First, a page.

‘Unprecedented’ levels of snow expected on Thursday and Friday

The worst blizzard in more than three decades set to sweep across Leinster and Munster

A man runs through the snow with his husky dog at the Phoenix Park in Dublin. Photograph: Reuters/Clodagh Kilcoyne

A man runs through the snow with his husky dog at the Phoenix Park in Dublin. Photograph: Reuters/Clodagh Kilcoyne


The country will encounter “almost unprecedented” levels of snow on Thursday and Friday as the worst blizzard in more than three decades looks set to sweep across Leinster and Munster.

Underlining the gravity of the situation, Transport Minister Shane Ross said authorities had moved to implement “some fairly dramatic measures” in advance of rapidly deteriorating conditions.

“The drama of the situation, the difficulties faced will be I suppose represented best by me saying there are going to be 25cm of snow tomorrow, that’s anticipated, and 40 by Friday lunchtime.

“That’s an almost unprecedented situation,” said the Minister, who thanked public transport staff for their perseverance on Wednesday – though he warned that services will stop in Munster and Leinster from Thursday afternoon.

“We will have public transport back as soon as it is safe,” said Mr Ross, who joined with Taoiseach Leo Varadkar at Government Buildings as they sought to reassure the public.

The full weight of the State’s resources have been deployed to meet the fallout of Storm Emma as it sweeps north to join polar easterly winds, the combined force of which is expected to blanket much of the country in snow and ice.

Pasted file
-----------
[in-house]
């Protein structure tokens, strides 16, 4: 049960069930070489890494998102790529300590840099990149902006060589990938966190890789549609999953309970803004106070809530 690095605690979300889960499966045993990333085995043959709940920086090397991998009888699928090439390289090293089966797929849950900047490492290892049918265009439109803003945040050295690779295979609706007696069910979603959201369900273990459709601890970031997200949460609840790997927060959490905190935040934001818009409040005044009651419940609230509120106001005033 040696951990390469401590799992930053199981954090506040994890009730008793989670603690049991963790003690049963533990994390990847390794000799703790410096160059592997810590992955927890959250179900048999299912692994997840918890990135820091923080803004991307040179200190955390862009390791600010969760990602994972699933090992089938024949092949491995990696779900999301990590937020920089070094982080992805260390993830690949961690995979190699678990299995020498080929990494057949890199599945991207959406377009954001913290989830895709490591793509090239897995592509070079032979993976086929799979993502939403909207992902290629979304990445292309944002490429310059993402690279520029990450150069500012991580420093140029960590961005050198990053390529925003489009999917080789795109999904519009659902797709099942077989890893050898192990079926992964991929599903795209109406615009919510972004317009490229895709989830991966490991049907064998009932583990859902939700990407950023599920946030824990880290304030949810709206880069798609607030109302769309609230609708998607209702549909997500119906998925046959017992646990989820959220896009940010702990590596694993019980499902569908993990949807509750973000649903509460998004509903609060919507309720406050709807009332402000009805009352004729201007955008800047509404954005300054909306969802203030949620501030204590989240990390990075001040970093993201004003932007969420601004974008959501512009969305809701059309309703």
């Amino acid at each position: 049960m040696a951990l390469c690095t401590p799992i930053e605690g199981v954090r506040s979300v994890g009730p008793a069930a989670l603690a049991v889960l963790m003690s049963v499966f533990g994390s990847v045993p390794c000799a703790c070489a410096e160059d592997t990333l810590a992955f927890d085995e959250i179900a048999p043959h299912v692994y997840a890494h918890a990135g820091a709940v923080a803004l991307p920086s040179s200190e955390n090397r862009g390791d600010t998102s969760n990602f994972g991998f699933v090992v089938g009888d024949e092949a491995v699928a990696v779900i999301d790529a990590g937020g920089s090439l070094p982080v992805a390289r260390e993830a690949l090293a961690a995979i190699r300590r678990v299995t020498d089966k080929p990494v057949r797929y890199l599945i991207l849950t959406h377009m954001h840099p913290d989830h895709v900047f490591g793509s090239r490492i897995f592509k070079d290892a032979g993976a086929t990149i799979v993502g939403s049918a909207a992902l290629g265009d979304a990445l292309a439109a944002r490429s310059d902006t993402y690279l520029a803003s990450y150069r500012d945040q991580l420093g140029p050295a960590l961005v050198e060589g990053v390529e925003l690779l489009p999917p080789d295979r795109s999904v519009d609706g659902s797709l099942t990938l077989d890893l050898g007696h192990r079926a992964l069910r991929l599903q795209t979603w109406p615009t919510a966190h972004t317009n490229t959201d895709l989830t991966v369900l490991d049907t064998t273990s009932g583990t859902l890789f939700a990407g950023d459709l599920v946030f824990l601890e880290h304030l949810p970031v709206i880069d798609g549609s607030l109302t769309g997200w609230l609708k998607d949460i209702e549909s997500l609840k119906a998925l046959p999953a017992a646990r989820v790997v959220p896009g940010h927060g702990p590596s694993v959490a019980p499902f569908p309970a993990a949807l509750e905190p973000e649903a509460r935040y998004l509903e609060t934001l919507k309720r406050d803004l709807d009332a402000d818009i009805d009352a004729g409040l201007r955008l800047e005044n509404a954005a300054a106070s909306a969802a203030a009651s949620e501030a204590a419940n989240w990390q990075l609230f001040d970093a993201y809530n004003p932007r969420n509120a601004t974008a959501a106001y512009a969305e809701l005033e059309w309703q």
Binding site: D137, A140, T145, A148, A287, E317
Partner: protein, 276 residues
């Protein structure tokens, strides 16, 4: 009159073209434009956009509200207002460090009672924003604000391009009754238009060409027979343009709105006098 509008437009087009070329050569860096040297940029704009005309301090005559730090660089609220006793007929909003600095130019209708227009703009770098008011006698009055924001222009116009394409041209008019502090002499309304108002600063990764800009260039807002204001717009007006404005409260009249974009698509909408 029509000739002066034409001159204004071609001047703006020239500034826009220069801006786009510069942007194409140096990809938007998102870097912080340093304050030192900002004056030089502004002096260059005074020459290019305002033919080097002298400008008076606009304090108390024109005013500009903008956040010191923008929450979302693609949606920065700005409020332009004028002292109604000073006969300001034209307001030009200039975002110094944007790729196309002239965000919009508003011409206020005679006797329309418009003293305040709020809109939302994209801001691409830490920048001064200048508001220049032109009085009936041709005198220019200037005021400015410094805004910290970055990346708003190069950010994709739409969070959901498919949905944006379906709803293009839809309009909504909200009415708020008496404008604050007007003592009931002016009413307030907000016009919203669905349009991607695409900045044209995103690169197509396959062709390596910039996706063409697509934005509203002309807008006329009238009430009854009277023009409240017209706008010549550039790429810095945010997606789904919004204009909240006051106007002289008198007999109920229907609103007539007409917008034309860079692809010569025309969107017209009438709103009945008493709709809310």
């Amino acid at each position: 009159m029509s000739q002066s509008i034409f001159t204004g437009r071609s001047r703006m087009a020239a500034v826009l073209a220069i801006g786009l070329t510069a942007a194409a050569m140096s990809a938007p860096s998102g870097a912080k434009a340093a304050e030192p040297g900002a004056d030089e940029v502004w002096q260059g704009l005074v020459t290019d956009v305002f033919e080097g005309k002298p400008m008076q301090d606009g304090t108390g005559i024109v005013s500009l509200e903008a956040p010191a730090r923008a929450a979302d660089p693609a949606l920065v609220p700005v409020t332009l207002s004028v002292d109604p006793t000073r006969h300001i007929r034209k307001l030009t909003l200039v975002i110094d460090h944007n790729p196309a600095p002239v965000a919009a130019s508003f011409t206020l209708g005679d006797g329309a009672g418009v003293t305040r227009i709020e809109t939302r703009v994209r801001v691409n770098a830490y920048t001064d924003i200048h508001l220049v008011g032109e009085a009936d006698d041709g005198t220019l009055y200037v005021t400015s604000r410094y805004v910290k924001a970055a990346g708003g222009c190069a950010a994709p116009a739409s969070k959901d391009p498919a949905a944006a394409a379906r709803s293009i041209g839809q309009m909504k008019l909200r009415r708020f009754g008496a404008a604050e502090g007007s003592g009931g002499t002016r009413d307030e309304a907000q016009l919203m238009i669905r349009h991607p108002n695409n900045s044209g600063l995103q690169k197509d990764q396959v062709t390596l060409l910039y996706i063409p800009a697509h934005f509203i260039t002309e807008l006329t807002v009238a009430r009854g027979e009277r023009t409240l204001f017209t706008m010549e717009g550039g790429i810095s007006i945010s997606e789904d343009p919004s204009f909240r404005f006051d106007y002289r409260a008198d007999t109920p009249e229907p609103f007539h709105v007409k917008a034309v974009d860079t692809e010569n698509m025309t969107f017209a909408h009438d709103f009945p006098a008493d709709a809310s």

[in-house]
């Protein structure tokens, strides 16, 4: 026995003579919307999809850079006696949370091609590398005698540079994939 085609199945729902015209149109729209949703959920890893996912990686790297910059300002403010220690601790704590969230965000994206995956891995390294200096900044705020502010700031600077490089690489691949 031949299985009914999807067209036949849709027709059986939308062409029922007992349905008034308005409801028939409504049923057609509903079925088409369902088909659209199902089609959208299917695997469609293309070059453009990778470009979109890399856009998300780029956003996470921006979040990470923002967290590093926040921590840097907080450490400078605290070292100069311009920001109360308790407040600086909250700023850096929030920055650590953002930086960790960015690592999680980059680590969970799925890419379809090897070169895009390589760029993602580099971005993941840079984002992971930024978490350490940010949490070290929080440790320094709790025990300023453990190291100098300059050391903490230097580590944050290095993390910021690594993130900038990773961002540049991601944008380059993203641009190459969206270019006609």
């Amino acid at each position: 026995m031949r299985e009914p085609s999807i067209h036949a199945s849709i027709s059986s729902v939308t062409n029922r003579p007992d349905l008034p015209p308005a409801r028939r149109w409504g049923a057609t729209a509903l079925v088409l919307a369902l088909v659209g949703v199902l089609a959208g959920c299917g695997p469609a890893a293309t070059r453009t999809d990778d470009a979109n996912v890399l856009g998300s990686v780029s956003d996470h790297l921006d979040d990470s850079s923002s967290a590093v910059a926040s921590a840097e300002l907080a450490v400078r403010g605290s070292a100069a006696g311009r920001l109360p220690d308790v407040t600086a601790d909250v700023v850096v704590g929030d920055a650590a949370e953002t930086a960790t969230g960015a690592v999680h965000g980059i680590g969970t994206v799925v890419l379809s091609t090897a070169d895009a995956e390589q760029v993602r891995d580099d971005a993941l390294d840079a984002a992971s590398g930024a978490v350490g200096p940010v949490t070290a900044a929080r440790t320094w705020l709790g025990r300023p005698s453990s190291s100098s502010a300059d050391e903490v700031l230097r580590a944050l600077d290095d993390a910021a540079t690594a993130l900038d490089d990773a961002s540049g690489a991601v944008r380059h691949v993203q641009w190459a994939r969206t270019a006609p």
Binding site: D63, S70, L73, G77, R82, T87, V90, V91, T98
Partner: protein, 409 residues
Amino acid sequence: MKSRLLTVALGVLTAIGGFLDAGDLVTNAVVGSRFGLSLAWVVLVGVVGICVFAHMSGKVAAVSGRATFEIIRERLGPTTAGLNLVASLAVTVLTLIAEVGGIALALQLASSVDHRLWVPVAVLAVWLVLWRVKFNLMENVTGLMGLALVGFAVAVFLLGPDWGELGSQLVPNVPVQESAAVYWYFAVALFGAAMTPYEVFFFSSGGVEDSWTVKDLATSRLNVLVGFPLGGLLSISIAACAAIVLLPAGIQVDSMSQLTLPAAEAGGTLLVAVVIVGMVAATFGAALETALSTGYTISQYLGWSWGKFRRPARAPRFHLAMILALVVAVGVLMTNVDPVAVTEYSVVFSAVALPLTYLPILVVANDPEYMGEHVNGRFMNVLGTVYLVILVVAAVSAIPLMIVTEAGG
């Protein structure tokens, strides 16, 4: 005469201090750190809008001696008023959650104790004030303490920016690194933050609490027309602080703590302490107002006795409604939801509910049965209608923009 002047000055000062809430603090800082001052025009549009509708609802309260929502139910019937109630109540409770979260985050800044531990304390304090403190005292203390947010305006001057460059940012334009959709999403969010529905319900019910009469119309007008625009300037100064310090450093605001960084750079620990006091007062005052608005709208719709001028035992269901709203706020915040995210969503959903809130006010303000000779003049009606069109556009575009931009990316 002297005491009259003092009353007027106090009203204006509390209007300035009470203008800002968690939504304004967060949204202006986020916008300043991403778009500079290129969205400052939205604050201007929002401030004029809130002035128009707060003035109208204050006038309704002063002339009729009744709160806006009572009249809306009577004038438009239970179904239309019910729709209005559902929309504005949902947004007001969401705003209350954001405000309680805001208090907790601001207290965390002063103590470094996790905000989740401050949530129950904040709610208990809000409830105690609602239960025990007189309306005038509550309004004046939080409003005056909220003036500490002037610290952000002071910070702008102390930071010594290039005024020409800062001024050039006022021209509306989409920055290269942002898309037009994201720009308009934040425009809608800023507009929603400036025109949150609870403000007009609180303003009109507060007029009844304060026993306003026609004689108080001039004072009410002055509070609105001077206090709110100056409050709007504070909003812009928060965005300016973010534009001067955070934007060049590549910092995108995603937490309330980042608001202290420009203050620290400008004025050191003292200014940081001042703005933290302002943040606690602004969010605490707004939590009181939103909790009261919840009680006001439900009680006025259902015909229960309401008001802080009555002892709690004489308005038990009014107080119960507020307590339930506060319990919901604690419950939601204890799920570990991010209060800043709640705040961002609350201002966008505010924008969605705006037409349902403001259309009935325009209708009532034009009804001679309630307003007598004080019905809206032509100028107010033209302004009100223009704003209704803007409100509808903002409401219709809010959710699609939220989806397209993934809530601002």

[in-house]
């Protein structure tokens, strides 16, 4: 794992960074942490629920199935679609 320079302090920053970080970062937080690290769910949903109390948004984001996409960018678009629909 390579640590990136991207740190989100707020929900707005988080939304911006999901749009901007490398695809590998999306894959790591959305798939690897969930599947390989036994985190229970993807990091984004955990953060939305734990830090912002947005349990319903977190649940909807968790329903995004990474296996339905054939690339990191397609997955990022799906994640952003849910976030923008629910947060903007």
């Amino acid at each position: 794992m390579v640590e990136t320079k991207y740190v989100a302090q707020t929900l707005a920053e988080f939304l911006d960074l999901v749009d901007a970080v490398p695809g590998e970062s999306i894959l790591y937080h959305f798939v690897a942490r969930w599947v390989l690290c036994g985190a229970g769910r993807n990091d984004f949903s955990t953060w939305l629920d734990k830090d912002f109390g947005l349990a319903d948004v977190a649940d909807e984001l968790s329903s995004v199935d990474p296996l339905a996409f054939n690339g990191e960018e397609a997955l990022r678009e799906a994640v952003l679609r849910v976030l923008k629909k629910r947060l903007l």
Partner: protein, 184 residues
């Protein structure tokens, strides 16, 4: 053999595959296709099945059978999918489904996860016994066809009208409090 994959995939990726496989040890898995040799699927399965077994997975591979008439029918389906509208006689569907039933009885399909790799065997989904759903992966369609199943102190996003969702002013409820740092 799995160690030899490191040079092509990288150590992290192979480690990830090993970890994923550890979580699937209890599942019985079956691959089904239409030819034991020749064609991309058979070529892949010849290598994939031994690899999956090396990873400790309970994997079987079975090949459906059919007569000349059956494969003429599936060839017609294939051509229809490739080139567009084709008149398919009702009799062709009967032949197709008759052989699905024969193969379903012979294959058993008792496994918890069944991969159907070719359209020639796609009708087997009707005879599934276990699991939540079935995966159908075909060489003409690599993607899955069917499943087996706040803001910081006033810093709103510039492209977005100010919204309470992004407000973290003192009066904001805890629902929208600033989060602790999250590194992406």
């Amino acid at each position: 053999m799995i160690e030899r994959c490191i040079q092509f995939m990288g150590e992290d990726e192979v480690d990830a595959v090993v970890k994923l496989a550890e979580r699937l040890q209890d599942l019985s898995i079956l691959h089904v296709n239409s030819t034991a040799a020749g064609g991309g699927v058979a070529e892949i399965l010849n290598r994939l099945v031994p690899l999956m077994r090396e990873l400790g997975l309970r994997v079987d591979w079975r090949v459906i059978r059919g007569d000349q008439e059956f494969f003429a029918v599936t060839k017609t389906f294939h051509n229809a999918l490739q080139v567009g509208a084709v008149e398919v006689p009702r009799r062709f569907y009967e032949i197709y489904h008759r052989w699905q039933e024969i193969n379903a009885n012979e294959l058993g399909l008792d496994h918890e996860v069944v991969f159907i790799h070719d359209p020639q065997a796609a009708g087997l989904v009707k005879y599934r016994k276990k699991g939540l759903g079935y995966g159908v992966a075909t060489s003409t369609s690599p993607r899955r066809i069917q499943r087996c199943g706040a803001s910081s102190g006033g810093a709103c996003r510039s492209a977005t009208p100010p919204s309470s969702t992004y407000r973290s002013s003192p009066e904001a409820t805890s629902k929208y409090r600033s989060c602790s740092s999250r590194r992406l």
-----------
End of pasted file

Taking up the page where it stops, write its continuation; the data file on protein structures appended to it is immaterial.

‘Every effort’

“Tomorrow we are expecting exceptional blizzard-like conditions,” he said as workers were making their way home.


When Emma met the Beast: Your snow pics VIEW NOW

“I want to reassure everyone... that I directed that the full resources of the State should make every effort to ensure the safety and welfare of our people.”

Mr Varadkar, Mr Ross and Social Protection Minister Regina Doherty were flanked by uniformed members of the National Emergency Coordination Group (NECG).

Mr Varadkar reiterated the impact on services in Munster and Leinster, including the closure of schools and colleges. Any similar decisions in Connaught and Ulster will be made locally, he said, and will remain “under constant review”.

“Most importantly people need to be back safe and sound in their homes no later than four o’clock tomorrow in Munster and Leinster,” he said.

“Employers should assess whether it’s safe or even necessary for them to open and whether it is safe for their staff to travel to and from work.

“We urge everyone: families, businesses, farmers, fisherman, to heed this advice and to plan ahead.”

Fuel allowance

The Taoiseach said he was particularly conscious of the homeless but noted efforts had been made to provide accommodation to those who needed it.

“We have not experienced blizzard-like conditions like this since 1982. But the reports from that time remind us of the serious and life-threatening conditions that can be posed by heavy snow and strong winds when they come together,” he said.

Asked whether he felt the country was prepared, the Taoiseach said “as prepared as we possibly can be”.

Ms Doherty reminded the public of the availability of both the exceptional needs and urgent needs payments, for those who find themselves in financial difficulties, and that the fuel allowance would be doubled “which would hopefully give some help to some 338,000 families”.

“Our primary concern is people’s welfare,” she stressed. “We want to make sure that they are warm, have enough food in their households to get through what is obviously an exceptional period for us all.”